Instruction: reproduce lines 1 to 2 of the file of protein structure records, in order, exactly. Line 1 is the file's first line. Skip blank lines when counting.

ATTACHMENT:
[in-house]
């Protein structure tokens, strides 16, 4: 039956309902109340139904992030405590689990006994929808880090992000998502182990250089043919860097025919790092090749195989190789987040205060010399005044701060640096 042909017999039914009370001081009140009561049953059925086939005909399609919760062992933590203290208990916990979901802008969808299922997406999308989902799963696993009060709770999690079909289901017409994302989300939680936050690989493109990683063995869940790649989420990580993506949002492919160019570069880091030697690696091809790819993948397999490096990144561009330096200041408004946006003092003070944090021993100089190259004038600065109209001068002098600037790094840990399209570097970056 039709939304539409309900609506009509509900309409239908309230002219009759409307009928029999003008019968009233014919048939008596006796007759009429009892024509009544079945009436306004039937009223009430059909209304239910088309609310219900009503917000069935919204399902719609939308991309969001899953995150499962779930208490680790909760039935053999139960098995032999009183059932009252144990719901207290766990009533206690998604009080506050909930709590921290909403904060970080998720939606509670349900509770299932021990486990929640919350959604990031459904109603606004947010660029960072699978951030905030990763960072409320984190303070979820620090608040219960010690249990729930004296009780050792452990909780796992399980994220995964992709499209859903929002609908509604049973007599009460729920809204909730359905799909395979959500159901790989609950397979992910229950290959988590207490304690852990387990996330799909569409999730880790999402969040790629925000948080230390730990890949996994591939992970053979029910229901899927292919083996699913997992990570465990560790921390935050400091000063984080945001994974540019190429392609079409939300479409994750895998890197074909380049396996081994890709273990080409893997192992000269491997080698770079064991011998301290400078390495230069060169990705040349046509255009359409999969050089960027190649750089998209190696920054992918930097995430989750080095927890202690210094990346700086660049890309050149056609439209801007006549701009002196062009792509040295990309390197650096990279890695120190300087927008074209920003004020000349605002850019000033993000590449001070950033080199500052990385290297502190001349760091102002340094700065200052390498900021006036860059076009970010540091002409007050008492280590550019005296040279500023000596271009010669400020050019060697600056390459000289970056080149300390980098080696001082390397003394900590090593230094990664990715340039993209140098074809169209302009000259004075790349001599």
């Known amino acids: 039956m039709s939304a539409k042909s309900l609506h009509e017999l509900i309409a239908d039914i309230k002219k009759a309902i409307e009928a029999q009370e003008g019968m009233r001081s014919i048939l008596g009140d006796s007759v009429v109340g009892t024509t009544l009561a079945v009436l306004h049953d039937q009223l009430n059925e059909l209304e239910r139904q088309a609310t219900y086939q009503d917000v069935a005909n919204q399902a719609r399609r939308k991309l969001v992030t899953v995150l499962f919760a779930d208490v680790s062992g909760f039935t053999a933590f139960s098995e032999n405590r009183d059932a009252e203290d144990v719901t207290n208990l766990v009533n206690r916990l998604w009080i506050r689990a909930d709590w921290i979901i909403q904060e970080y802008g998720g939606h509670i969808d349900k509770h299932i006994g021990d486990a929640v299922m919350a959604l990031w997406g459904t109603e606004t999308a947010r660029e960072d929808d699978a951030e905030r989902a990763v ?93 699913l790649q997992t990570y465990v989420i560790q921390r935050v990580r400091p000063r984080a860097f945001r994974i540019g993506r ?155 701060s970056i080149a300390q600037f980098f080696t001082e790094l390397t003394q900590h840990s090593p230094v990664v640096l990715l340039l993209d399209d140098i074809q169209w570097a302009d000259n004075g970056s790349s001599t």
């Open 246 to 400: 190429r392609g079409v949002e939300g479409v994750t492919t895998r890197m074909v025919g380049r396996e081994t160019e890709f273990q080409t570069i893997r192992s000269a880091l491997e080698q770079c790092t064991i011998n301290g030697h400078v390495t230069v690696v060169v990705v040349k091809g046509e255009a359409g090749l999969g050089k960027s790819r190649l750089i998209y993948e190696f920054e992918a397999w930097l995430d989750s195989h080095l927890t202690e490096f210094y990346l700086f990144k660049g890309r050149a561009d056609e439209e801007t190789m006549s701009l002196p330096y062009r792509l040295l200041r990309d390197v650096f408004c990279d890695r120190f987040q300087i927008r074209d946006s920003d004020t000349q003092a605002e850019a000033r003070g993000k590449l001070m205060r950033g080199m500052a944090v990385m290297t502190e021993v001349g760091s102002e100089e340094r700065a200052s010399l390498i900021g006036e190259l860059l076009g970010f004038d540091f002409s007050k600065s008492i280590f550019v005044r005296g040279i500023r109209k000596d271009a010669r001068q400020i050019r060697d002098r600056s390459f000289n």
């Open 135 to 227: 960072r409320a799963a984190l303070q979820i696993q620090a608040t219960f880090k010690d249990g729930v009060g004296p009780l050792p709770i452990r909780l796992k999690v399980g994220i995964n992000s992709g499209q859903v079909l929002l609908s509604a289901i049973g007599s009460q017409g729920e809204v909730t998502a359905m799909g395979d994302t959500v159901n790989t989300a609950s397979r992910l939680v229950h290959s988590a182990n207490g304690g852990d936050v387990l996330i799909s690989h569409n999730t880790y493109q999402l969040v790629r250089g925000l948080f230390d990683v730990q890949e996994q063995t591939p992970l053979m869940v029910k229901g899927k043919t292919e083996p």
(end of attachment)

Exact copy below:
[in-house]
């Protein structure tokens, strides 16, 4: 039956309902109340139904992030405590689990006994929808880090992000998502182990250089043919860097025919790092090749195989190789987040205060010399005044701060640096 042909017999039914009370001081009140009561049953059925086939005909399609919760062992933590203290208990916990979901802008969808299922997406999308989902799963696993009060709770999690079909289901017409994302989300939680936050690989493109990683063995869940790649989420990580993506949002492919160019570069880091030697690696091809790819993948397999490096990144561009330096200041408004946006003092003070944090021993100089190259004038600065109209001068002098600037790094840990399209570097970056 039709939304539409309900609506009509509900309409239908309230002219009759409307009928029999003008019968009233014919048939008596006796007759009429009892024509009544079945009436306004039937009223009430059909209304239910088309609310219900009503917000069935919204399902719609939308991309969001899953995150499962779930208490680790909760039935053999139960098995032999009183059932009252144990719901207290766990009533206690998604009080506050909930709590921290909403904060970080998720939606509670349900509770299932021990486990929640919350959604990031459904109603606004947010660029960072699978951030905030990763960072409320984190303070979820620090608040219960010690249990729930004296009780050792452990909780796992399980994220995964992709499209859903929002609908509604049973007599009460729920809204909730359905799909395979959500159901790989609950397979992910229950290959988590207490304690852990387990996330799909569409999730880790999402969040790629925000948080230390730990890949996994591939992970053979029910229901899927292919083996699913997992990570465990560790921390935050400091000063984080945001994974540019190429392609079409939300479409994750895998890197074909380049396996081994890709273990080409893997192992000269491997080698770079064991011998301290400078390495230069060169990705040349046509255009359409999969050089960027190649750089998209190696920054992918930097995430989750080095927890202690210094990346700086660049890309050149056609439209801007006549701009002196062009792509040295990309390197650096990279890695120190300087927008074209920003004020000349605002850019000033993000590449001070950033080199500052990385290297502190001349760091102002340094700065200052390498900021006036860059076009970010540091002409007050008492280590550019005296040279500023000596271009010669400020050019060697600056390459000289970056080149300390980098080696001082390397003394900590090593230094990664990715340039993209140098074809169209302009000259004075790349001599």